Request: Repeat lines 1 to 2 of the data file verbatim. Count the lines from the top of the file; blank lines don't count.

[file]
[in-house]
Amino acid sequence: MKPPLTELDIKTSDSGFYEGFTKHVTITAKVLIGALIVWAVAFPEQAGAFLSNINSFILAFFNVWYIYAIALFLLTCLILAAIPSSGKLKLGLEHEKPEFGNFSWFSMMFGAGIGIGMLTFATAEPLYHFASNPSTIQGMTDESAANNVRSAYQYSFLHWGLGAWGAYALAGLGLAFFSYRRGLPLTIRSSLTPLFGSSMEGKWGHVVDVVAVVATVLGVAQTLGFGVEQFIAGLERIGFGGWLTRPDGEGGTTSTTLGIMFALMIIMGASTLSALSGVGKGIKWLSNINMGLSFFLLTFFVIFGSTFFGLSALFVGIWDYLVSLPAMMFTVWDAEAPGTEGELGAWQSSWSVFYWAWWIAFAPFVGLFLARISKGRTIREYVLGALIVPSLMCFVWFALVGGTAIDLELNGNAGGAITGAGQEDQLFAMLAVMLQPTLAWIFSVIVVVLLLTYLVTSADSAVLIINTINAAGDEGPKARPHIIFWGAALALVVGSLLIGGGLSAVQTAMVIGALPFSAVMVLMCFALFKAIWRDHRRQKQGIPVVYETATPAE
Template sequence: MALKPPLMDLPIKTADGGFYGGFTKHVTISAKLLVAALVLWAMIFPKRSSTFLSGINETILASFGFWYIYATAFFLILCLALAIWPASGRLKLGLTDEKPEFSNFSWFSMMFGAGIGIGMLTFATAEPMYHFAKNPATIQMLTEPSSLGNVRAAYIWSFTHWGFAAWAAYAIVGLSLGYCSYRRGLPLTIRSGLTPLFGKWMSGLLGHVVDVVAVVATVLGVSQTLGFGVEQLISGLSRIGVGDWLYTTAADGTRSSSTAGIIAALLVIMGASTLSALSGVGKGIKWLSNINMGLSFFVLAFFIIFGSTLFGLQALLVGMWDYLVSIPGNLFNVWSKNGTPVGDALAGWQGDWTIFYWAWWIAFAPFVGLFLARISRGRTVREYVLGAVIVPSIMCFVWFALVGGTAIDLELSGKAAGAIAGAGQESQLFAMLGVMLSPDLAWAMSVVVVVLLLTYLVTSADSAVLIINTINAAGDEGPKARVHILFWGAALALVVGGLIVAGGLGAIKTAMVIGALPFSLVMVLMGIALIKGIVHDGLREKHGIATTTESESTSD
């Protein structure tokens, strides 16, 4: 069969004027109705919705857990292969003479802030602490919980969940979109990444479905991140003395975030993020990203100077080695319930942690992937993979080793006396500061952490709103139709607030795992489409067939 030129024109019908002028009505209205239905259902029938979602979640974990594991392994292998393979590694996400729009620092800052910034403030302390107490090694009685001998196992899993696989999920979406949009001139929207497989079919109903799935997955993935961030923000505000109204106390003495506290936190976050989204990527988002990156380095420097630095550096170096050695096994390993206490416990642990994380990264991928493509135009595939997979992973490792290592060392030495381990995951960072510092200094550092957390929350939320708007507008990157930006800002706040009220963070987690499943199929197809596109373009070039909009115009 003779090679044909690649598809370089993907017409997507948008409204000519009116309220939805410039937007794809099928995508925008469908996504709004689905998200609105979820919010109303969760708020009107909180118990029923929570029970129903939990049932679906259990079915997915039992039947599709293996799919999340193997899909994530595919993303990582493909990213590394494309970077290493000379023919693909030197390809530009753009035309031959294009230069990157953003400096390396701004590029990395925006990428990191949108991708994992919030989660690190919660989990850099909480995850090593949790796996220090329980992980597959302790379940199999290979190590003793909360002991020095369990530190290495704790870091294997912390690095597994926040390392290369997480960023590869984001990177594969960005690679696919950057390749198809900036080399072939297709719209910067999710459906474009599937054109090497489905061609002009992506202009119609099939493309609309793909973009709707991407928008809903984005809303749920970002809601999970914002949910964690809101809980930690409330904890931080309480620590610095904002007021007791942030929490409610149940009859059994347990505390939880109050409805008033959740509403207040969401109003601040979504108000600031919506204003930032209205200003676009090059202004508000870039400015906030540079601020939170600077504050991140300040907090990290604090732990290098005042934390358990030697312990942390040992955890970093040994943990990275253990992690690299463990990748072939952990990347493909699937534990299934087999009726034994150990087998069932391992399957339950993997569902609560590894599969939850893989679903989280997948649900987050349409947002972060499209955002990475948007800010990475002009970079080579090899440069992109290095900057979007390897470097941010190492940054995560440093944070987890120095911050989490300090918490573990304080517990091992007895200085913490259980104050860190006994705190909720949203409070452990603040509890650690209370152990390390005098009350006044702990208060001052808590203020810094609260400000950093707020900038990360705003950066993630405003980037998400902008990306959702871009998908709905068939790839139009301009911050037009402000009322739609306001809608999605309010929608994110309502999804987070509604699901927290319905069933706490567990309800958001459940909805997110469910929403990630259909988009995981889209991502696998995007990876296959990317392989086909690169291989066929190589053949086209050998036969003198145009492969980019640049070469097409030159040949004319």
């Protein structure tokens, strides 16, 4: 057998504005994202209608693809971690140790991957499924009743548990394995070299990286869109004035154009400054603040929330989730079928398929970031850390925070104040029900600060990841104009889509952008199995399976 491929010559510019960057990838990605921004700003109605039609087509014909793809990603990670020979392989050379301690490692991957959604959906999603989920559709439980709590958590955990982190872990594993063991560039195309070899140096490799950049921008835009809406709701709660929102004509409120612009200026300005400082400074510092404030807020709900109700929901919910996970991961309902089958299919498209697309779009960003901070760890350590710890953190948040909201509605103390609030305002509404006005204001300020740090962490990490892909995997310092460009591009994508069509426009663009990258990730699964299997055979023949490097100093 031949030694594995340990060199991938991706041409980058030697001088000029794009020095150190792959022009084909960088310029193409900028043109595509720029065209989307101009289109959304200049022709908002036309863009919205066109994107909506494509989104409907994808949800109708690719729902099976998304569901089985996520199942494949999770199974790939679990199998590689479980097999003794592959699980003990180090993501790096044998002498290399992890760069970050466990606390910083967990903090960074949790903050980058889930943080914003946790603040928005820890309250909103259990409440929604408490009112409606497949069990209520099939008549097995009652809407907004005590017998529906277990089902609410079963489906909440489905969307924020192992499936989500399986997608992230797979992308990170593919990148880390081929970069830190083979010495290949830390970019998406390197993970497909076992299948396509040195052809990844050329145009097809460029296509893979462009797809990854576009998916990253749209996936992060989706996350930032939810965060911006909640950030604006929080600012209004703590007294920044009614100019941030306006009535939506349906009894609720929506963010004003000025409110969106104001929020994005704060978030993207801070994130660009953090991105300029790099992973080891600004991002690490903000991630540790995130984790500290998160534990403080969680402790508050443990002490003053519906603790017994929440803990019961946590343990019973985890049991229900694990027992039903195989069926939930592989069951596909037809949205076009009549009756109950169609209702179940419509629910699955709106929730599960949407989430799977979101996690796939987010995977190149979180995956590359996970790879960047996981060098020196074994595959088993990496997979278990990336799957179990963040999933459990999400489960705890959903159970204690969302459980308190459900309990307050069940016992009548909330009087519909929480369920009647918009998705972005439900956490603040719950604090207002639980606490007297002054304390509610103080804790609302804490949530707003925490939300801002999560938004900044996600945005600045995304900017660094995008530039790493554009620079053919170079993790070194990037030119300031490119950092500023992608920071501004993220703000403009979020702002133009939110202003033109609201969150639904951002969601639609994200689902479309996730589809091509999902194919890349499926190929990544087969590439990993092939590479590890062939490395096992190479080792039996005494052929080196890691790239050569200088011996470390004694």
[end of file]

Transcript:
[in-house]
Amino acid sequence: MKPPLTELDIKTSDSGFYEGFTKHVTITAKVLIGALIVWAVAFPEQAGAFLSNINSFILAFFNVWYIYAIALFLLTCLILAAIPSSGKLKLGLEHEKPEFGNFSWFSMMFGAGIGIGMLTFATAEPLYHFASNPSTIQGMTDESAANNVRSAYQYSFLHWGLGAWGAYALAGLGLAFFSYRRGLPLTIRSSLTPLFGSSMEGKWGHVVDVVAVVATVLGVAQTLGFGVEQFIAGLERIGFGGWLTRPDGEGGTTSTTLGIMFALMIIMGASTLSALSGVGKGIKWLSNINMGLSFFLLTFFVIFGSTFFGLSALFVGIWDYLVSLPAMMFTVWDAEAPGTEGELGAWQSSWSVFYWAWWIAFAPFVGLFLARISKGRTIREYVLGALIVPSLMCFVWFALVGGTAIDLELNGNAGGAITGAGQEDQLFAMLAVMLQPTLAWIFSVIVVVLLLTYLVTSADSAVLIINTINAAGDEGPKARPHIIFWGAALALVVGSLLIGGGLSAVQTAMVIGALPFSAVMVLMCFALFKAIWRDHRRQKQGIPVVYETATPAE